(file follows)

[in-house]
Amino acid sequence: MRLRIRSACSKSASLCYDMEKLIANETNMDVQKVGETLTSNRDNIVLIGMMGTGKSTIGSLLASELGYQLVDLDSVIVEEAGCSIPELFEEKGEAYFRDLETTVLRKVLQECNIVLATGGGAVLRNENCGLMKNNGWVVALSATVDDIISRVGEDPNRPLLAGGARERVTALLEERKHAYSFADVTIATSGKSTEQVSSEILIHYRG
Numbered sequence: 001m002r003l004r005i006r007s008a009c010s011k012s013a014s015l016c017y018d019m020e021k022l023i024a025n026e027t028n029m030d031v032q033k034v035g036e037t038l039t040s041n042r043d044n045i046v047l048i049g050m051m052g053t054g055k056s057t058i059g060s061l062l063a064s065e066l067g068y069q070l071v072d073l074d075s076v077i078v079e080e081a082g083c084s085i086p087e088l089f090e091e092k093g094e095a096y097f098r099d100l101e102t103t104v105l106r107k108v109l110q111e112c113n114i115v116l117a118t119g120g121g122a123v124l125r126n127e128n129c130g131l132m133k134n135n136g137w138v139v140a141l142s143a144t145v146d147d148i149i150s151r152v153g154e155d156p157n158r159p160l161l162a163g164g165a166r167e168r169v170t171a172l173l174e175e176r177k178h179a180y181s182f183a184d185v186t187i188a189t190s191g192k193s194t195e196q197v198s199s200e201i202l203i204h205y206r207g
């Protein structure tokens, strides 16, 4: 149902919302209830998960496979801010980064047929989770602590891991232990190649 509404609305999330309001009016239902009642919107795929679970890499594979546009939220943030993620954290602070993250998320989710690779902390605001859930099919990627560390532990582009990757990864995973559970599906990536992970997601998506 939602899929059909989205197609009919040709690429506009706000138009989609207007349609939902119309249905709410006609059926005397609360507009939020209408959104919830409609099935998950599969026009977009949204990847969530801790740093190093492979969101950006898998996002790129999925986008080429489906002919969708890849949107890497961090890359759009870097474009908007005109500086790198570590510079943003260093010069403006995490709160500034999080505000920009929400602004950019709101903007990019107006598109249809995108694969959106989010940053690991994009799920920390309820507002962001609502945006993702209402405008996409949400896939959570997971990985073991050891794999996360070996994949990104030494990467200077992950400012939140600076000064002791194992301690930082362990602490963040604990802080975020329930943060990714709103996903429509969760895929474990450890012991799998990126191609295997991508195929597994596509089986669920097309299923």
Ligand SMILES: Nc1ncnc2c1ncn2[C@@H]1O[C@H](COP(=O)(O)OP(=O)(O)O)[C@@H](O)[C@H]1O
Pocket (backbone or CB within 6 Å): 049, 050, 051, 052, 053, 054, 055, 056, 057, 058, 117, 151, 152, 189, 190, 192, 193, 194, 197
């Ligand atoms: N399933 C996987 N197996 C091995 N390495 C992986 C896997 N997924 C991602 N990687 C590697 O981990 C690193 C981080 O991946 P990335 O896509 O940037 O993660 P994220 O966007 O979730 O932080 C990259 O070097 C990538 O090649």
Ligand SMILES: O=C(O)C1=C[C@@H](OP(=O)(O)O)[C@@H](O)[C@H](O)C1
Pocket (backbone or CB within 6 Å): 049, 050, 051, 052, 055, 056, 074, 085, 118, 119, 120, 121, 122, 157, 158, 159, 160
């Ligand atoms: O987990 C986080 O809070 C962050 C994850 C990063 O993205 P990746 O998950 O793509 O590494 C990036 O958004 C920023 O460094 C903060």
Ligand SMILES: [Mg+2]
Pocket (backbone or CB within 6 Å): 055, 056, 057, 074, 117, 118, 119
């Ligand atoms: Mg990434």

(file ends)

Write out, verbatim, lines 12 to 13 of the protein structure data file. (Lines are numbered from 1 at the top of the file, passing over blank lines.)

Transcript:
Pocket (backbone or CB within 6 Å): 055, 056, 057, 074, 117, 118, 119
């Ligand atoms: Mg990434």